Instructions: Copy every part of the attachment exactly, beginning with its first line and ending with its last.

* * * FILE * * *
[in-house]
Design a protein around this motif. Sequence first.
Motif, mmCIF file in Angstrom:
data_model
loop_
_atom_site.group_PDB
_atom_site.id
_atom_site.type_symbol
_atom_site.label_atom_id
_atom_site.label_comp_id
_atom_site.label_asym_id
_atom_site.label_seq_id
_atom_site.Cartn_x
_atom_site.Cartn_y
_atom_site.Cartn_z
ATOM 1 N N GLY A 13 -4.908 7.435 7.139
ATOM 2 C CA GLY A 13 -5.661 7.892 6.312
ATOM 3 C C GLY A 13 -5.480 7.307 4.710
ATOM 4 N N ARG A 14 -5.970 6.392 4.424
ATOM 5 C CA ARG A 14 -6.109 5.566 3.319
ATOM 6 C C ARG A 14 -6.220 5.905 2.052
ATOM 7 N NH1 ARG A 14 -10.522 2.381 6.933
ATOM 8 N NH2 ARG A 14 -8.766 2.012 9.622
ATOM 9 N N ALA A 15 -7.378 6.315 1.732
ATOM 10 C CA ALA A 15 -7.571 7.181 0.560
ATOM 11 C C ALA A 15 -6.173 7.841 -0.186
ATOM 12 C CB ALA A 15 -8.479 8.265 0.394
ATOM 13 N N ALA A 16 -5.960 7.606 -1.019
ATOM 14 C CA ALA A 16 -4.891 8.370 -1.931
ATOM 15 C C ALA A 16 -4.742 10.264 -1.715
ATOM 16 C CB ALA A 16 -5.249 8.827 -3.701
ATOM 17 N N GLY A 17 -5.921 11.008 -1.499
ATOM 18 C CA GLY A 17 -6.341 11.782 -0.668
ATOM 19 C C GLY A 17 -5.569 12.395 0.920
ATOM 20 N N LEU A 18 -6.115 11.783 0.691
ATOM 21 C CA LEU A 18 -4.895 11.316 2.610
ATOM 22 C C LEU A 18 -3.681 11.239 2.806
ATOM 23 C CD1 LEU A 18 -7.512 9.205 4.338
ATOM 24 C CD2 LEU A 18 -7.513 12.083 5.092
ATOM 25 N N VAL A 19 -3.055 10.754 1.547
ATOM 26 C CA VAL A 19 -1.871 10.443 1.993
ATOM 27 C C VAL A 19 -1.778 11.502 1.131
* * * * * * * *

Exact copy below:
[in-house]
Design a protein around this motif. Sequence first.
Motif, mmCIF file in Angstrom:
data_model
loop_
_atom_site.group_PDB
_atom_site.id
_atom_site.type_symbol
_atom_site.label_atom_id
_atom_site.label_comp_id
_atom_site.label_asym_id
_atom_site.label_seq_id
_atom_site.Cartn_x
_atom_site.Cartn_y
_atom_site.Cartn_z
ATOM 1 N N GLY A 13 -4.908 7.435 7.139
ATOM 2 C CA GLY A 13 -5.661 7.892 6.312
ATOM 3 C C GLY A 13 -5.480 7.307 4.710
ATOM 4 N N ARG A 14 -5.970 6.392 4.424
ATOM 5 C CA ARG A 14 -6.109 5.566 3.319
ATOM 6 C C ARG A 14 -6.220 5.905 2.052
ATOM 7 N NH1 ARG A 14 -10.522 2.381 6.933
ATOM 8 N NH2 ARG A 14 -8.766 2.012 9.622
ATOM 9 N N ALA A 15 -7.378 6.315 1.732
ATOM 10 C CA ALA A 15 -7.571 7.181 0.560
ATOM 11 C C ALA A 15 -6.173 7.841 -0.186
ATOM 12 C CB ALA A 15 -8.479 8.265 0.394
ATOM 13 N N ALA A 16 -5.960 7.606 -1.019
ATOM 14 C CA ALA A 16 -4.891 8.370 -1.931
ATOM 15 C C ALA A 16 -4.742 10.264 -1.715
ATOM 16 C CB ALA A 16 -5.249 8.827 -3.701
ATOM 17 N N GLY A 17 -5.921 11.008 -1.499
ATOM 18 C CA GLY A 17 -6.341 11.782 -0.668
ATOM 19 C C GLY A 17 -5.569 12.395 0.920
ATOM 20 N N LEU A 18 -6.115 11.783 0.691
ATOM 21 C CA LEU A 18 -4.895 11.316 2.610
ATOM 22 C C LEU A 18 -3.681 11.239 2.806
ATOM 23 C CD1 LEU A 18 -7.512 9.205 4.338
ATOM 24 C CD2 LEU A 18 -7.513 12.083 5.092
ATOM 25 N N VAL A 19 -3.055 10.754 1.547
ATOM 26 C CA VAL A 19 -1.871 10.443 1.993
ATOM 27 C C VAL A 19 -1.778 11.502 1.131